CEO pay packets not as fat as all that

05 December, 2012

RMIT University researchers have conducted the most comprehensive study to date into the remuneration of Australia's CEOs, through a survey commissioned by the CEO Institute.

To uncover a more accurate picture of the full spectrum of CEO remuneration, the institute commissioned RMIT to conduct an online survey representative of the two million-plus businesses operating in Australia, 99.7 per cent of which are classified as small and medium enterprises.

Institute Chairman and Founder Ken Gunn said: "We often see sensational reports about Australia's high-flying CEOs and their multi-million dollar packages and lavish share options but the big corporations concerned account for a tiny 0.1 per cent of Australian businesses."

The survey was conducted between July and September this year by an RMIT research team led by Associate Professor David Gilbert and Dr Carol Tan in the School of Management.

In all, 369 responses were received from CEOs of companies representative of all industry sectors as defined by the Australian Bureau of Statistics, including for-profit and not-for-profit firms.

The study looked at the total annual salary packages - including wages, superannuation, bonuses and benefits - and found: 38 per cent of respondents received between $100,001 and $200,000; 28 per cent received $200,001-$300,000; 14 per cent received $300,001-$400,000; 8 per cent received $400,001-$500,000; and 6 per cent received $500,001-$750,000.

Only 1 per cent received more than $1 million, 1 per cent received between $750,000 and $1 million and 4 per cent actually earned less than $100,000.

RMIT's survey report suggested these results were largely consistent with average CEO compensation figures in the US, where the average salary package for 2012 was $197,000.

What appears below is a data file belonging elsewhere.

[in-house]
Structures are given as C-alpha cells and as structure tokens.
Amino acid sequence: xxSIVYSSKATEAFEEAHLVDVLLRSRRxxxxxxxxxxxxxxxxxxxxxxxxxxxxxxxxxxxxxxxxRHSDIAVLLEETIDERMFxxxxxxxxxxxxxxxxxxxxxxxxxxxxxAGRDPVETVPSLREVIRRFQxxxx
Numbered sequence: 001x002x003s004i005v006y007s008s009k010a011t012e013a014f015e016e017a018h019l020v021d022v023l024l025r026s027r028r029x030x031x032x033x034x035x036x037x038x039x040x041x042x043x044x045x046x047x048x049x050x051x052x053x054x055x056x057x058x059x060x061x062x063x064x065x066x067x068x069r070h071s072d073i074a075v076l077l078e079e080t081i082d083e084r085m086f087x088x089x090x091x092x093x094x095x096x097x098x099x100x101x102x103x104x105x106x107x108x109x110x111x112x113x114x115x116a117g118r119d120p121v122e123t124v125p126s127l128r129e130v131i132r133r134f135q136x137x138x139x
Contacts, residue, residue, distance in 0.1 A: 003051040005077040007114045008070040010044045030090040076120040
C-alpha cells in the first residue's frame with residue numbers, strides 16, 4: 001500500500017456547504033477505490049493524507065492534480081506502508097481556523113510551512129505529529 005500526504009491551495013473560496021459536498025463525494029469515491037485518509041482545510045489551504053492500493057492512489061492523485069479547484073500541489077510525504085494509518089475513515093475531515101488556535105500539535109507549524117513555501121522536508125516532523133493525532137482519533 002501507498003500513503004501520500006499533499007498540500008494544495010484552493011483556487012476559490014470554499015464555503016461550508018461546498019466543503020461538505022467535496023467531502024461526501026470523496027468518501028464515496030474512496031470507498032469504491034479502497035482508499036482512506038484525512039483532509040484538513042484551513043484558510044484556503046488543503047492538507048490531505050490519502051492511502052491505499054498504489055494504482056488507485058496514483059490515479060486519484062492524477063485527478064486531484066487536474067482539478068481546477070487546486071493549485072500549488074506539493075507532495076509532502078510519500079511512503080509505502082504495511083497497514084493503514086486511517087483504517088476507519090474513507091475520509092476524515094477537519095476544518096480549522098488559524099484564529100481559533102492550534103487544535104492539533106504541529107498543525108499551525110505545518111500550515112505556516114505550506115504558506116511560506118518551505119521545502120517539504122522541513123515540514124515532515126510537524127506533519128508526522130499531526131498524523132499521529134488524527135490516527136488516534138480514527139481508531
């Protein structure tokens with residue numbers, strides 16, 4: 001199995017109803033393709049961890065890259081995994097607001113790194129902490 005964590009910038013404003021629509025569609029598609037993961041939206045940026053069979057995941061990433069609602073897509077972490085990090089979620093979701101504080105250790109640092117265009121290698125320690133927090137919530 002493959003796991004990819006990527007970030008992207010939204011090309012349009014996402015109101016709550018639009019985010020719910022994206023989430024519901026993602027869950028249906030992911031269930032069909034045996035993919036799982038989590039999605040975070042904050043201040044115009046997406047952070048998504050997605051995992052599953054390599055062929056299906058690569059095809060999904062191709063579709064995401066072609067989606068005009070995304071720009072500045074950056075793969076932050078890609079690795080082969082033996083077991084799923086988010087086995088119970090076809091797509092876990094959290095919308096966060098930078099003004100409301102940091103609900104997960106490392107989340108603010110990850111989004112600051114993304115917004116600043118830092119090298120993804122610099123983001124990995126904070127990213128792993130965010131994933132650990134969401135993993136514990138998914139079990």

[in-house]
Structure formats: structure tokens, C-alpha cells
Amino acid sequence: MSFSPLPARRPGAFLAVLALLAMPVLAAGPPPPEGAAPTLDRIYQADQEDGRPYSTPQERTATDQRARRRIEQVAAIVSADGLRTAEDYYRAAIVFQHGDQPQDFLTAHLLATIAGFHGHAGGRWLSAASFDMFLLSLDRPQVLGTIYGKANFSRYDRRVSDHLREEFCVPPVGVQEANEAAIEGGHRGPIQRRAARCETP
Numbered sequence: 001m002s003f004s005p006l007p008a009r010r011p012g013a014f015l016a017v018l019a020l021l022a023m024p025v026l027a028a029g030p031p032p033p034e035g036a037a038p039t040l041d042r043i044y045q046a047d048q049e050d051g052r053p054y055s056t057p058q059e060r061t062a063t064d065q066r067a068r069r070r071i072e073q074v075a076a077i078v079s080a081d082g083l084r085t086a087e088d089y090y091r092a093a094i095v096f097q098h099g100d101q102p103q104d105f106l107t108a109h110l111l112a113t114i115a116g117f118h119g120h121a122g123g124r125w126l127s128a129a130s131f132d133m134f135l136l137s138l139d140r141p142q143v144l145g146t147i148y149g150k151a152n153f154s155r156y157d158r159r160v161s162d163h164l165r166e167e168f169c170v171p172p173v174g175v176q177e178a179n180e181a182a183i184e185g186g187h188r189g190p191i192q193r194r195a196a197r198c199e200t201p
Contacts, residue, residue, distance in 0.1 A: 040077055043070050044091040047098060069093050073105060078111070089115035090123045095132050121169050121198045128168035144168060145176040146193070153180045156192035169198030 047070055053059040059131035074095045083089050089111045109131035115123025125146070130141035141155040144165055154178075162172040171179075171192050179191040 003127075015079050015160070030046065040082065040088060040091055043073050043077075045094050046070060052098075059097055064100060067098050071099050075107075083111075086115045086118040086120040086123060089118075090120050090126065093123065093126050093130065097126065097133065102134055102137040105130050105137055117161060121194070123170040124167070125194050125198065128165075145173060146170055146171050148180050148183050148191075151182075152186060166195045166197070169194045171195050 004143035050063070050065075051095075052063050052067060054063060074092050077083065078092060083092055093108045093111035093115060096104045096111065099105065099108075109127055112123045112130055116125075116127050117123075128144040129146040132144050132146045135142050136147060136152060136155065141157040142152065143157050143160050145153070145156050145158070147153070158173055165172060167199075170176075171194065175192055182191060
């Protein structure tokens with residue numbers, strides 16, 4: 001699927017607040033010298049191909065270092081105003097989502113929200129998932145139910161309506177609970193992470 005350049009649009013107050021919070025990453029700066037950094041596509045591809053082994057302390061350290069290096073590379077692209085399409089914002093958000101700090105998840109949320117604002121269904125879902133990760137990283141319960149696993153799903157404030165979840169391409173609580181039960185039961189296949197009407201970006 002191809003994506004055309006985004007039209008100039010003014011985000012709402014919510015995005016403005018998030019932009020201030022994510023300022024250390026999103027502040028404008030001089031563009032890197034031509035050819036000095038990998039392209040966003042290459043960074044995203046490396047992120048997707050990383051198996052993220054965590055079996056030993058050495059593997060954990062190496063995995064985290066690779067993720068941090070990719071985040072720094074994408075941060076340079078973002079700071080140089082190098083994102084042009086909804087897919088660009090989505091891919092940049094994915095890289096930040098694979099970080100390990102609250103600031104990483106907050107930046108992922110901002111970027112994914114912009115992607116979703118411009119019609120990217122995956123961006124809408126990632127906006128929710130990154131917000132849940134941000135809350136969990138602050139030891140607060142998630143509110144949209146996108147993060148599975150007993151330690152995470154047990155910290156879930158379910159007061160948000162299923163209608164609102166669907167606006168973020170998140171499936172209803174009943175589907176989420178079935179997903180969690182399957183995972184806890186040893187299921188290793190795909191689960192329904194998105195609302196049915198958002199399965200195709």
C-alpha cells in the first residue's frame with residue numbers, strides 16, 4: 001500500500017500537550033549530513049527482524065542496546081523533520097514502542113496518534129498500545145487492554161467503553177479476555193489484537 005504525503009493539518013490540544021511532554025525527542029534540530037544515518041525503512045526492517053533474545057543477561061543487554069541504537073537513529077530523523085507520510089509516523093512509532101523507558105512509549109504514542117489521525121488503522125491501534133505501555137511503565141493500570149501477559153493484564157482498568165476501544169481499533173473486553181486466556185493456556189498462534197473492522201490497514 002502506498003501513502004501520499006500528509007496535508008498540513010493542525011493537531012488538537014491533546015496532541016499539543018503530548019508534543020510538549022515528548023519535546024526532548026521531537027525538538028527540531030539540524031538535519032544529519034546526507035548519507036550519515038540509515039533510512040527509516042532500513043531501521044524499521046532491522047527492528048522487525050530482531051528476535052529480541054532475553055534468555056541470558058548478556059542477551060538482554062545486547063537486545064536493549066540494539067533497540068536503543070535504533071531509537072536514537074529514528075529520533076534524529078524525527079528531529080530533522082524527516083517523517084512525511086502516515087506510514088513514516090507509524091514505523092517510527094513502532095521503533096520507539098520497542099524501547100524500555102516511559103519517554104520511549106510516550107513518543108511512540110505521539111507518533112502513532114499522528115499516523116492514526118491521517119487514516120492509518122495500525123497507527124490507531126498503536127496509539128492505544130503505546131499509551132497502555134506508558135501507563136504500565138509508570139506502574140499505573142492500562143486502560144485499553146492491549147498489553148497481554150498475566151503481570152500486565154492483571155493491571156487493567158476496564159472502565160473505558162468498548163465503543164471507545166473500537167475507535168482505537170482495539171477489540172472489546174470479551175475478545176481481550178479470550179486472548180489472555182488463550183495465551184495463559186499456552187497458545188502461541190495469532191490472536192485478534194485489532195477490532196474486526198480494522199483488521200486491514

About 52 per cent of CEO respondents indicated that their remuneration was linked to company performance, with public companies were much more likely to structure packages this way than privately held businesses.

The prevalence of performance incentive packages varied directly with the level of salary - from 7 per cent for those receiving less than $100,000 to 42 per cent in the $100,001-$200,000 bracket and an average of 86 per cent across the three higher brackets between $500,000-$1 million-plus.

Contrary to common perceptions, there was no statistical difference between CEO remuneration levels for not-for-profit and for-profit businesses.

"These reports will be published annually to provide a far more accurate and complete picture of CEOs than anything previously available," Gunn said.

"We will be able to track movements in the demographic profile of our business leaders, and present a more balanced picture of how they're paid."

The CEO Institute was founded in 1992 as a peer-to-peer membership organisation for chief executives to connect with and learn from their peers. In 2011, it became the world's first global certification body for CEOs.